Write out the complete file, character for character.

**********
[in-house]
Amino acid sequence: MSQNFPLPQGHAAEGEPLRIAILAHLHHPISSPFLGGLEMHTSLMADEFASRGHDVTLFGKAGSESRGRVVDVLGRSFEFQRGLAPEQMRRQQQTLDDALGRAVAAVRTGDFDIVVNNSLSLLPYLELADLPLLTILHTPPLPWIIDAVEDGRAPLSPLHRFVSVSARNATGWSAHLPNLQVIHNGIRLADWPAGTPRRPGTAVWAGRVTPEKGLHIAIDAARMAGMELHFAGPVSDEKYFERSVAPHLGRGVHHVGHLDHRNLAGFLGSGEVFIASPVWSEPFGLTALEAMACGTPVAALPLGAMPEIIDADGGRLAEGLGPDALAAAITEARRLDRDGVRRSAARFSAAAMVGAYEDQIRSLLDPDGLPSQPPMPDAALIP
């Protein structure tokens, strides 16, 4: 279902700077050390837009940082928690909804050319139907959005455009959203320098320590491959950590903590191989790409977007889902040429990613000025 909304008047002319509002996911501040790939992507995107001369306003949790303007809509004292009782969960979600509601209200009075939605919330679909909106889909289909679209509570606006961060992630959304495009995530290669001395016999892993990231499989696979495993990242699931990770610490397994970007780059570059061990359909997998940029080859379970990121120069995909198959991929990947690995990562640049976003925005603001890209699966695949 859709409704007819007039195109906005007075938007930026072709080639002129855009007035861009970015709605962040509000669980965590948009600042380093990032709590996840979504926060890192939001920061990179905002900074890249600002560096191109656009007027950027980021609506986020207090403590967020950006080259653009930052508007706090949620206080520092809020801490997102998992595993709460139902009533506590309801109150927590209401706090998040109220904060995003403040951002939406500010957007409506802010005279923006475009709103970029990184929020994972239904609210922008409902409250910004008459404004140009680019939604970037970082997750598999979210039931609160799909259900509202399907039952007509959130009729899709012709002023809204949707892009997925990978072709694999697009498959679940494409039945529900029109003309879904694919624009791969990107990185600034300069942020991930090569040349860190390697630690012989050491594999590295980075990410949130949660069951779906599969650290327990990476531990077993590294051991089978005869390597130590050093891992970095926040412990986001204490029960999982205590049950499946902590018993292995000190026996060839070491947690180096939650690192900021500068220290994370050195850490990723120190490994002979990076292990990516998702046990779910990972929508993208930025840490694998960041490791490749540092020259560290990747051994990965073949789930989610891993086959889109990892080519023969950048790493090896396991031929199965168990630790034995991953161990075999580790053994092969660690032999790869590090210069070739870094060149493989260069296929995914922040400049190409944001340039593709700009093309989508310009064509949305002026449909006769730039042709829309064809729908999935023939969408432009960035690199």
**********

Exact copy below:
[in-house]
Amino acid sequence: MSQNFPLPQGHAAEGEPLRIAILAHLHHPISSPFLGGLEMHTSLMADEFASRGHDVTLFGKAGSESRGRVVDVLGRSFEFQRGLAPEQMRRQQQTLDDALGRAVAAVRTGDFDIVVNNSLSLLPYLELADLPLLTILHTPPLPWIIDAVEDGRAPLSPLHRFVSVSARNATGWSAHLPNLQVIHNGIRLADWPAGTPRRPGTAVWAGRVTPEKGLHIAIDAARMAGMELHFAGPVSDEKYFERSVAPHLGRGVHHVGHLDHRNLAGFLGSGEVFIASPVWSEPFGLTALEAMACGTPVAALPLGAMPEIIDADGGRLAEGLGPDALAAAITEARRLDRDGVRRSAARFSAAAMVGAYEDQIRSLLDPDGLPSQPPMPDAALIP
């Protein structure tokens, strides 16, 4: 279902700077050390837009940082928690909804050319139907959005455009959203320098320590491959950590903590191989790409977007889902040429990613000025 909304008047002319509002996911501040790939992507995107001369306003949790303007809509004292009782969960979600509601209200009075939605919330679909909106889909289909679209509570606006961060992630959304495009995530290669001395016999892993990231499989696979495993990242699931990770610490397994970007780059570059061990359909997998940029080859379970990121120069995909198959991929990947690995990562640049976003925005603001890209699966695949 859709409704007819007039195109906005007075938007930026072709080639002129855009007035861009970015709605962040509000669980965590948009600042380093990032709590996840979504926060890192939001920061990179905002900074890249600002560096191109656009007027950027980021609506986020207090403590967020950006080259653009930052508007706090949620206080520092809020801490997102998992595993709460139902009533506590309801109150927590209401706090998040109220904060995003403040951002939406500010957007409506802010005279923006475009709103970029990184929020994972239904609210922008409902409250910004008459404004140009680019939604970037970082997750598999979210039931609160799909259900509202399907039952007509959130009729899709012709002023809204949707892009997925990978072709694999697009498959679940494409039945529900029109003309879904694919624009791969990107990185600034300069942020991930090569040349860190390697630690012989050491594999590295980075990410949130949660069951779906599969650290327990990476531990077993590294051991089978005869390597130590050093891992970095926040412990986001204490029960999982205590049950499946902590018993292995000190026996060839070491947690180096939650690192900021500068220290994370050195850490990723120190490994002979990076292990990516998702046990779910990972929508993208930025840490694998960041490791490749540092020259560290990747051994990965073949789930989610891993086959889109990892080519023969950048790493090896396991031929199965168990630790034995991953161990075999580790053994092969660690032999790869590090210069070739870094060149493989260069296929995914922040400049190409944001340039593709700009093309989508310009064509949305002026449909006769730039042709829309064809729908999935023939969408432009960035690199």